Media Studies overview
“In the modern world, media literacy will become as important a skill as Maths or Science” Tessa Jowell, former Secretary of State for Culture, Media and Sport.
In the 21st Century we are surrounded by media wherever we look: the internet, TV , film, radio, magazines, newspapers, advertising…the list goes on. Not only is Media Studies interesting and relevant, it gives you valuable skills to help understand the world around you.
The skills you learn in Media Studies helps you in English too. If you study them together you can get better grades in both subjects. Core activities in both subjects are:
- Analysing texts
- Communicating findings
- Being imaginative and creative
Trips and visits are considered an important part of students’ education at Hampton College; in the past, the following Media Studies trips have been offered to students:
- Warner Bros. Studio Tour: The Making of Harry Potter
- National Media Museum Bradford
- BBC Television Centre tour
- British Film Institute workshops on London’s Southbank
Although we don’t teach Media Studies at KS3 as part of the curriculum, it is taught within the English Department. In year 7, there is a unit of work which focuses on Print based media and students have worked on Advertising and Magazines. In year 8, there is a unit of work based on Moving Image analysis and in year 9 there is an Introduction to GCSE Media Studies unit of work on Sitcoms which is taught prior to option choices.
GCSE Media Studies
At GCSE, students will develop and apply their understanding of the media through both analysing and producing media products in relation to the four elements of the framework: media language, media representations, media industries and media audiences.
Whilst there needs to be a balance of practical and theoretical learning, wherever possible students will have the opportunity to demonstrate their learning through creating media products, for example in understanding media audiences students will design a magazine front cover aimed at a specific audience; when learning about promotion and marketing, students will have the opportunity to create their own advertising campaign.
The course is split into 70% exam and 30% coursework. Students will study nine forms of media whilst preparing for two exams, as well as creating a media product in response to a set brief. An example of a set brief:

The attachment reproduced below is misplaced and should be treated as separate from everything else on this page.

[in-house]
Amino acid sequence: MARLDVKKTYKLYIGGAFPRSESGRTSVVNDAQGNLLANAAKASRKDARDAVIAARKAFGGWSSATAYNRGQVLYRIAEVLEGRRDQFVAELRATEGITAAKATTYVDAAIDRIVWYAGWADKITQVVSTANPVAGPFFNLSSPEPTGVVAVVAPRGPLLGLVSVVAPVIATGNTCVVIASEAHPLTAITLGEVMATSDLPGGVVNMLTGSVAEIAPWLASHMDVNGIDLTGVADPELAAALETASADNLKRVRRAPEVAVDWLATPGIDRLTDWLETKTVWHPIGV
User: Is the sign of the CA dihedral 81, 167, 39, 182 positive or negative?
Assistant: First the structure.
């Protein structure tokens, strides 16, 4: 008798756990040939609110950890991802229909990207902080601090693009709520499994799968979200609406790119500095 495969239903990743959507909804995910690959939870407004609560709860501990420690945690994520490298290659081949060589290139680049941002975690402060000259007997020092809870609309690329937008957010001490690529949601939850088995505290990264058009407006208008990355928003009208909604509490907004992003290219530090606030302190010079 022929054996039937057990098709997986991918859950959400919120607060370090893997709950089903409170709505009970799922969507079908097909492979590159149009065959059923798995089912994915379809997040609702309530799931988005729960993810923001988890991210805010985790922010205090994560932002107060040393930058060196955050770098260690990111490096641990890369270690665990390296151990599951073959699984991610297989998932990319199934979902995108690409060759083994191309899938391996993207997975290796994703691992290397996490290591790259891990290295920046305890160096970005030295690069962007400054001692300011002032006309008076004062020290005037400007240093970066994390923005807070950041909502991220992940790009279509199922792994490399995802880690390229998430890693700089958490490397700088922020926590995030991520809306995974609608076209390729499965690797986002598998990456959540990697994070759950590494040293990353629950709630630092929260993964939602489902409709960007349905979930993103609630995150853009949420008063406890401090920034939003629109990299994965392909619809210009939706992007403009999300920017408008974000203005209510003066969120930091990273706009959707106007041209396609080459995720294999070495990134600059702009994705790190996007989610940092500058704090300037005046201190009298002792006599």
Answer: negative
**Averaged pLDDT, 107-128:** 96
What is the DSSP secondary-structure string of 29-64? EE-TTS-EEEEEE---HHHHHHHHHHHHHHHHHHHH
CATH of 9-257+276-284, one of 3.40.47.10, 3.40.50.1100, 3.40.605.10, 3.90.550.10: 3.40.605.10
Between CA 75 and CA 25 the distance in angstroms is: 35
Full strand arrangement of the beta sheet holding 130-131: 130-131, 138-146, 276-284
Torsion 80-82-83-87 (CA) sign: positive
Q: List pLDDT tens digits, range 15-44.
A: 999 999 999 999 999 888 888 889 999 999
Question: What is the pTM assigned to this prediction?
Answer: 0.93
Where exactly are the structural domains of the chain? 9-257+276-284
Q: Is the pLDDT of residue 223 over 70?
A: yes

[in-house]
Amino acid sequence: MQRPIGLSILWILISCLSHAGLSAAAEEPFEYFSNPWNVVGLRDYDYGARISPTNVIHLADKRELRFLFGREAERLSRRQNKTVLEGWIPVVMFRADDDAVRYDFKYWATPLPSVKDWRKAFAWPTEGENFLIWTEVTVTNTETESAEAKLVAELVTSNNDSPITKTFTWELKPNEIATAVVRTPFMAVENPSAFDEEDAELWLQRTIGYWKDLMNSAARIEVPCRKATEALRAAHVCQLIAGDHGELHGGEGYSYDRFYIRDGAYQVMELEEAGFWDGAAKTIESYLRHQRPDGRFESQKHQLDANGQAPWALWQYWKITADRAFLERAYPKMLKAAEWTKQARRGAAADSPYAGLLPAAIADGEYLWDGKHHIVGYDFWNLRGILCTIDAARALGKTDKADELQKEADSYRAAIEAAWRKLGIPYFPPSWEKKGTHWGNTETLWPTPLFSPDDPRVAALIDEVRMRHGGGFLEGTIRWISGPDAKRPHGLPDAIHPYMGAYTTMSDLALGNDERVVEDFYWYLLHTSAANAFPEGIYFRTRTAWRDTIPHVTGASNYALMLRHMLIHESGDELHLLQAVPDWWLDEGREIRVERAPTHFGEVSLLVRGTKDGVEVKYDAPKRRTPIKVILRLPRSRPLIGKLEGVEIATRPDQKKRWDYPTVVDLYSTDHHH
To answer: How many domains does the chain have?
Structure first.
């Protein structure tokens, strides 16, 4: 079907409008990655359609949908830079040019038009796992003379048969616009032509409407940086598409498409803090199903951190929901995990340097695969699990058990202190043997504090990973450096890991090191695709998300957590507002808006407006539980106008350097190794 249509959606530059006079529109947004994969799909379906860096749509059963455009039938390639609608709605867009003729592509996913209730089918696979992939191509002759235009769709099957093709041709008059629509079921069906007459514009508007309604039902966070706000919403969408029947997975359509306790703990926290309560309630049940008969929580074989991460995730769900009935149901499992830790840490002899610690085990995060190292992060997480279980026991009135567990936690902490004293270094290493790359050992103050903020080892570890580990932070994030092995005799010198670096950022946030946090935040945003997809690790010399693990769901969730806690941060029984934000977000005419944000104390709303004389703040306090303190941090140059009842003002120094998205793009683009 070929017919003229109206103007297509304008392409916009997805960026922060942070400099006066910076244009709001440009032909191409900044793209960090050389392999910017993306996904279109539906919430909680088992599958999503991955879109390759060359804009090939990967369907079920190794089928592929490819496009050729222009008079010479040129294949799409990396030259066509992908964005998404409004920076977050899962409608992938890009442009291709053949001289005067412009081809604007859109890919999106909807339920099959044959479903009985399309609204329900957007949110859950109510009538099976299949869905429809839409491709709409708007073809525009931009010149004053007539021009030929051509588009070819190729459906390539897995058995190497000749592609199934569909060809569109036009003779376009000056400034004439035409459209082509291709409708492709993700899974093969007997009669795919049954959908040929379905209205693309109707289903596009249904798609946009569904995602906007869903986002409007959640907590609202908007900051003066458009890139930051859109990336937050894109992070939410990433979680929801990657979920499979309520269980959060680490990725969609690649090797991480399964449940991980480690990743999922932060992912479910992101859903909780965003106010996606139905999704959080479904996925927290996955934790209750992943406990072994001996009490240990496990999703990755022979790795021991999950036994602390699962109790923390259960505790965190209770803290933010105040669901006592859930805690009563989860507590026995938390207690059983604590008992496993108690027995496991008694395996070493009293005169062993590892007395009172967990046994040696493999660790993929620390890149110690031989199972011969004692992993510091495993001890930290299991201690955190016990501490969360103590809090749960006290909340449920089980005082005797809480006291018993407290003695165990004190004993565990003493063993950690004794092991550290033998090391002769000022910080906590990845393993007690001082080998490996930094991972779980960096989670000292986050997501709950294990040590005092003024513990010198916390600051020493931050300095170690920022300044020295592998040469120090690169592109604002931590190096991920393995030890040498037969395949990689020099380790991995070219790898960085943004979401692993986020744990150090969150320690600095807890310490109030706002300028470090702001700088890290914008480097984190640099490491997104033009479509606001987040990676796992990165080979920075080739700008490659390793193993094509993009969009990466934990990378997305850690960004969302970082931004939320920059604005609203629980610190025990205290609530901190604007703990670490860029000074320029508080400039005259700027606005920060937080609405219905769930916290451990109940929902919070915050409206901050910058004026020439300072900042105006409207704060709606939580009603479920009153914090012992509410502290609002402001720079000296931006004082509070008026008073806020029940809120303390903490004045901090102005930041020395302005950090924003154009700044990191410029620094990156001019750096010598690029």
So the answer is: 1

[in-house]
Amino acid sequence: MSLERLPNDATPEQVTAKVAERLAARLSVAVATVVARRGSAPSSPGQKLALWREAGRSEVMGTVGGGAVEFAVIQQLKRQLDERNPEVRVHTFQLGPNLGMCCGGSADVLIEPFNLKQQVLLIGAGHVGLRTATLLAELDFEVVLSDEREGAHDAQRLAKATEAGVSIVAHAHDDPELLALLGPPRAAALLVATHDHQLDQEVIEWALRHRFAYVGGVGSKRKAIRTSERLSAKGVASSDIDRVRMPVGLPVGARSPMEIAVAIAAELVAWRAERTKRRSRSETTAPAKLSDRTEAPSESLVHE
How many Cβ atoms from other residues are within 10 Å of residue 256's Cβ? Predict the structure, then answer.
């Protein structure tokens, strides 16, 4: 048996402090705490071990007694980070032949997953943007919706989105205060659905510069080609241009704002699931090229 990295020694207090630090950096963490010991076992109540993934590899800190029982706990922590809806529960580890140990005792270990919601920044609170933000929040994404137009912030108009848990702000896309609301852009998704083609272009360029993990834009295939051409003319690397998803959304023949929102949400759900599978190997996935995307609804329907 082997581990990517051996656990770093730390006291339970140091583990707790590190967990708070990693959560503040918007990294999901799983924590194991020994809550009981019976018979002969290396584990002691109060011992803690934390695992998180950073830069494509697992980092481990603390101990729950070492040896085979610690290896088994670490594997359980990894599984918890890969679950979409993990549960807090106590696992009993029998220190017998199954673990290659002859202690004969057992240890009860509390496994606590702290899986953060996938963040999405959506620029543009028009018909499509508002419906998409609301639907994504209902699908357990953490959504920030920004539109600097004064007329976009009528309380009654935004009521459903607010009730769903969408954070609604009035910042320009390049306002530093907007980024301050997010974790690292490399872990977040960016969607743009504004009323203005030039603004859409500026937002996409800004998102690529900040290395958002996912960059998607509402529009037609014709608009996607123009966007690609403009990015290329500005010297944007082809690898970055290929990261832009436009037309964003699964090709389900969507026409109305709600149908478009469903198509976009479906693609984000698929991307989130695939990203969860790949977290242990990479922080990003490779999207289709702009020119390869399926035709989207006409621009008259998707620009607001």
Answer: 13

Create an opening sequence from a children’s drama television programme aimed at an audience of 10–13-year-olds.
The first exam is 1 hour 45 minutes, is worth 35% of the final GCSE, and has two sections:
Section A. Television: Students will engage with one in-depth study covering contemporary and historic television products.
Section B. Promoting Media: Students will study media products used to promote and market films and video games.
The second exam is 1 hour 15 minutes, is worth 35% of the final GCSE and also has two sections:
Section A. Music: Students will engage with one in-depth study covering magazines, music videos and radio.
“Explain one way in which music videos use media language to differ from each other.”
Section B. News: Students will engage with one in-depth study covering online, social and participatory media as well as newspapers.
“Explain two ways that newspapers are funded.”
A Level Media Studies
At A Level, students will study the media in an academic context and apply the knowledge and understanding gained to the process of creating their own media productions. Students will engage confidently with critical and theoretical approaches from the perspectives of both analytical consumers and producers of media products.
A Level Media Studies should inspire learners and develop an aspiration within them to continue learning beyond the confines of the classroom as well as developing personal and interpersonal skills that will serve them well both in Higher Education and in the workplace.
The course is split into 70% exam and 30% coursework. Students will study nine forms of media whilst preparing for two exams, as well as creating a cross-media product in response to a set brief. An example of a set brief:
Television and Online
Following the success of programmes such as Storage Hunters UK1, the commissioning editor for the TV Channel, Dave, is looking for a new game show to go into the early evening schedule (weekday between 5pm–7pm). The programme is to be targeted at a 16–25 demographic with money to spend.
You work for an independent television production company. You have been asked to produce:
1. a three minute extract from the pilot show to act as your pitch to the commissioning editor
2. a working website for the show comprising a homepage and three linked pages.
There should be a clear sense of branding across the two elements of the project.
The first exam is 1 hour 45 minutes, is worth 32.5% of the final A Level, and has two sections:
Section A. News: Learners will engage in an in-depth study of contemporary news in the UK, requiring learners to explore how and why newspapers and magazines are evolving as media products.
“Compare how far the media organisations which produce these products are reflected in Sources A and C.”
Section B: Media language and representation
Students will explore media language and representation, through advertising and marketing, and music videos.
“Compare how media language is used in the construction of gender in two fragrance advertisements.”
The second exam is 2hours, is worth 37.5% of the final A Level, and also has two sections:
Section A. Media Industries and Audiences
Learners will explore media industries and audiences, through radio, video games and film.
“Explain how The BBC Radio One Breakfast Show uses its online presence.”
Section B. Long form television drama
Students will engage in an in-depth study of television as an evolving, global media form.
“Discuss the extent to which your chosen long form television dramas successfully target their audiences.”